Monday, July 8, 2013

Faces of History - Original Photographs of Revolutionary War Vets

I've been writing about the colonial/Rev War era fairly frequently (see links at the bottom of this post)  and, I suppose, this one can be added to that list of early American history. But I believe this posting is done from a slightly different angle: what I am about to present here are the faces - original photographs and not drawings or paintings - taken in the mid-19th century of men who had fought in the Revolutionary War.
Yes, the Revolutionary War! That's not a typo.

Recently, Time Magazine had an article entitled Faces of the American Revolution by Elizabeth D. Herman, and that's where the idea, photos, and the written biographies in today's posting comes from. Obviously the pictures presented here were not taken during the 18th century, since the earliest photographic images (that didn't fade) did not take place until the 1830's. Instead what you will see are the Revolutionary War vets as old men, which were originally in a book printed in 1864, "The Last Men of the Revolution" by Rev. Elias Hillard. In the Time article, Ms. Herman wrote, "In July 1864, Hillard, accompanied by two photographers, brothers N. A. and R. A. Moore, traveled across New England and New York State to interview and photograph all known surviving veterans, six in total. The images, made on glass plate negatives, were then printed on albumen paper and pasted into the book..." (It was Hillard, by the way, who wrote the biographies herein back in 1864, with updates from the publishers when they re-released this book in 1968).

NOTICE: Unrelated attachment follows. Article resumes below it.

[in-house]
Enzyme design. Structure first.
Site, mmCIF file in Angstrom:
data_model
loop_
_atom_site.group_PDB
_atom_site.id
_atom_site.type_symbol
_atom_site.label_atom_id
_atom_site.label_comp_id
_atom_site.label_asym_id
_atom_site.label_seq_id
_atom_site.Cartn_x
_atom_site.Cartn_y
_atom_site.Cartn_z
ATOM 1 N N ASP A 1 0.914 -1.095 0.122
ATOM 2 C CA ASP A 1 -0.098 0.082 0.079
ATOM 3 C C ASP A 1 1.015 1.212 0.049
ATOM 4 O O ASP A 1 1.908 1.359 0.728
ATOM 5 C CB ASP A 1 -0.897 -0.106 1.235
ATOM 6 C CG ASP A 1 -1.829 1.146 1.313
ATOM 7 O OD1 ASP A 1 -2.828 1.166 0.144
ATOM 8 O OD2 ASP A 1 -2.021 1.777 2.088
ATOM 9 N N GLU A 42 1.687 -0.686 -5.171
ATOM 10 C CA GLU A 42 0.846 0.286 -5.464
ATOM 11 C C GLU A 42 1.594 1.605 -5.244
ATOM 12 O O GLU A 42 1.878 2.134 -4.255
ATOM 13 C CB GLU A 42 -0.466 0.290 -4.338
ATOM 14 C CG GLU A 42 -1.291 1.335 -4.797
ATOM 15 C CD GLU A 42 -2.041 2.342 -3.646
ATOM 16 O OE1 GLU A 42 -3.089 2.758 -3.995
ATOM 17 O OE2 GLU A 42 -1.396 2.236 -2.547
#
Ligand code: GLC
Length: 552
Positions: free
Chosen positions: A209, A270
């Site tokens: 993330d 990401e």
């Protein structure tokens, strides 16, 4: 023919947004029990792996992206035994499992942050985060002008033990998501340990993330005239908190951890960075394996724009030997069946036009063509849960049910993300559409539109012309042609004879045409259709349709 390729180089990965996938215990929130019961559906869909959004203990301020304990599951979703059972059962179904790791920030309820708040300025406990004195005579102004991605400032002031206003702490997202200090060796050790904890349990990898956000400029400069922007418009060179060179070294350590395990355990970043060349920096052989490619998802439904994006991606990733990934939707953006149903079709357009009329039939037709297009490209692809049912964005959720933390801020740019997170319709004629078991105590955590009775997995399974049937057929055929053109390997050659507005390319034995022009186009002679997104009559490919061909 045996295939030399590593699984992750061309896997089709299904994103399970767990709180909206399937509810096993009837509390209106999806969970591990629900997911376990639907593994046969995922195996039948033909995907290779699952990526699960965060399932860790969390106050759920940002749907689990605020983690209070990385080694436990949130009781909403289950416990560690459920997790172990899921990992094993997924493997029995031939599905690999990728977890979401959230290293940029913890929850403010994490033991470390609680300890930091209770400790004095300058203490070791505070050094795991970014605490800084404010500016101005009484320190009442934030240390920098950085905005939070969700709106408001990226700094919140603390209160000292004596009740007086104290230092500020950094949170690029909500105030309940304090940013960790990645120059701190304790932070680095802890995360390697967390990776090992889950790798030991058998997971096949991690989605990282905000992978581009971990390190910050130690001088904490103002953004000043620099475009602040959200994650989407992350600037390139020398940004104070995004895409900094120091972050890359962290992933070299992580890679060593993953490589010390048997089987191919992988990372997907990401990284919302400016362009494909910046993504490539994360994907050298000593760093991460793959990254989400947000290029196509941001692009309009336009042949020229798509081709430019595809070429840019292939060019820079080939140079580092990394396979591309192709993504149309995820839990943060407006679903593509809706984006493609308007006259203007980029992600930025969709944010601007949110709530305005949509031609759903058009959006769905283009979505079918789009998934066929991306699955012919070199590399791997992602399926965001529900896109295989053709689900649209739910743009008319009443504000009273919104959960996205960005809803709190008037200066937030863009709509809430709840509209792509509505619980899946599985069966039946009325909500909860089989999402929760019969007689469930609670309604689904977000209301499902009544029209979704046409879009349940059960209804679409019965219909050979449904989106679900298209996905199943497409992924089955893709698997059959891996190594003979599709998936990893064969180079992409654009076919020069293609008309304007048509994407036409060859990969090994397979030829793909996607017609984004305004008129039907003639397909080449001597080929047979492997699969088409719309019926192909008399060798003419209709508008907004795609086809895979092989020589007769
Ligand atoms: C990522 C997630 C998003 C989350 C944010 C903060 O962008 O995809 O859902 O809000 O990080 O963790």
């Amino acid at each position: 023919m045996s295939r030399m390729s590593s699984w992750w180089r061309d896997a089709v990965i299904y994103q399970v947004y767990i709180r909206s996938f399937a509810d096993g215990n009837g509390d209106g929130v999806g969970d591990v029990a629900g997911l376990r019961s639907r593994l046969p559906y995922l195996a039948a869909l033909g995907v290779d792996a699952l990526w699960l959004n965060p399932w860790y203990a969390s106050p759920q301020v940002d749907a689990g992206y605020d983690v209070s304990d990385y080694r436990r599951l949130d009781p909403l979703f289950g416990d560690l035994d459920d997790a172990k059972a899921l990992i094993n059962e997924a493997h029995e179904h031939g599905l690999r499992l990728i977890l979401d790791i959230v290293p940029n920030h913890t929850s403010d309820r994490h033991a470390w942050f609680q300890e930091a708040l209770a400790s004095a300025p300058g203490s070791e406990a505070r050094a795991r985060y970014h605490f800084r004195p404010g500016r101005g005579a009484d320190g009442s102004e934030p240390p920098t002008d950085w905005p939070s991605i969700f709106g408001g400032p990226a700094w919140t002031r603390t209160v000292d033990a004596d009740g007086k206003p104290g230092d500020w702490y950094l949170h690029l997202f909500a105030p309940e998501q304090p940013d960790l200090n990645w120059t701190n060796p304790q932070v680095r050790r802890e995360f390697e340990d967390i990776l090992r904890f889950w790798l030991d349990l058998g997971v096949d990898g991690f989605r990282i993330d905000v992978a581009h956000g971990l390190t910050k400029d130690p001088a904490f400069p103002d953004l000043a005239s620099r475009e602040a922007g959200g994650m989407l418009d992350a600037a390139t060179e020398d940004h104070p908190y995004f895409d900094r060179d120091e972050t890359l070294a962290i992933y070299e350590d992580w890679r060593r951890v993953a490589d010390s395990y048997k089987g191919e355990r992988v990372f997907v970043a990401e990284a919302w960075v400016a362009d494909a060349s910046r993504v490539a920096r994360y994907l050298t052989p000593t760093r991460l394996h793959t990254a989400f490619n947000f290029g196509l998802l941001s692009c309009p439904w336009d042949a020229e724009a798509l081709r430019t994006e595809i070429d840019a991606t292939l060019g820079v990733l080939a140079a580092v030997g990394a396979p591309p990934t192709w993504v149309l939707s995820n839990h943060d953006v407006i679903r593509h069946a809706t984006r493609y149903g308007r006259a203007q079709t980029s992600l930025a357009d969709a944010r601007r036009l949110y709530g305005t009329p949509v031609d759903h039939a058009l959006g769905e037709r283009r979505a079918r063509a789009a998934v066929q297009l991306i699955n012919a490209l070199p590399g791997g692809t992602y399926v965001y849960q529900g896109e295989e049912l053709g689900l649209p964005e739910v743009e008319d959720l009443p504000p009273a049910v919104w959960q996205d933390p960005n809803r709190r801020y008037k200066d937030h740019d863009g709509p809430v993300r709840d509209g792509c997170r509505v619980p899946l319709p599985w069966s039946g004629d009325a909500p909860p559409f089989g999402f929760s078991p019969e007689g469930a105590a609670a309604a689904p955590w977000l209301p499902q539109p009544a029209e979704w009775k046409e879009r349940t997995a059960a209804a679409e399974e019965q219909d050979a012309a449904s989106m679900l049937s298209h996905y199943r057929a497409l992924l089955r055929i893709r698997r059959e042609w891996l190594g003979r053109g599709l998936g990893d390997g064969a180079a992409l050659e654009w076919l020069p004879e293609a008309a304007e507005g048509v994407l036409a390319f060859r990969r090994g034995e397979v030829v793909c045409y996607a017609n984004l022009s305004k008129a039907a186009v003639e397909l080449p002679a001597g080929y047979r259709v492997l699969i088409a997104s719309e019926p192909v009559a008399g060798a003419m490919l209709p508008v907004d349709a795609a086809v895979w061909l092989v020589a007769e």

I have taken the liberty to put a few of the images and information about the men shown here on my blog, for I believe this is a part of our American history that should be seen by as many people as possible.
But first, before you scroll down to see these haunting photos, I would like to express thanks to the man who has spent an immense amount of time searching for and researching the men pictured in the photographs shown below, much less spending literally thousands of dollars to obtain the original photographs. He is Utah-based journalist Mr. Joseph M. Bauman, and he has given me approval to post what you see here.
(Please see the bottom of the posting for more information on Mr. Bauman).

So here they are - - - 
How can this history not be seen?
And as you look at the men in the photos, notice the length of their hair. Yep - my argument to keep my hair long! It's funny when you think of it: many of the men in the 1760's and '70's had long hair (or wore wigs), and, 200 years later, many of us from the 1960's and 70's also had long hair. Who'd've thought?
Anyhow, without further ado, here are the faces of Revolutionary War history - - - - - - - -


Alexander Milliner (Maroney)
104 Years Old. Born in Quebec on March 14, 1770. Died in 1874. Fought in the Battles of White Plains, Brandywine, Monmouth and Yorktown. Also served in the Navy on board the old frigate Constitution.
Too young at the time of his enlistment for service in the army, Alexander was enlisted as a drummer boy. Recounting the past, he said he was a great favorite with Washington. After the beating of the drums of reveille, Washington would come along and pat him on the head, and call him his boy. On one occasion, “a bitter cold morning,” he gave him a drink out of his flask. He described Washington as “a good man, a beautiful man. He was always pleasant; never changed countenance, but wore the same in defeat and retreat as in victory. One day the General sent for me to come up to Headquarters. After the Life Guard came out and paraded, the General told me to play. So I took the drum, overhauled her, braced her up and played a tune. The General put his hand in his pocket and gave me three dollars; then one and another gave me more-- so I made out well; in all I got fifteen dollars.”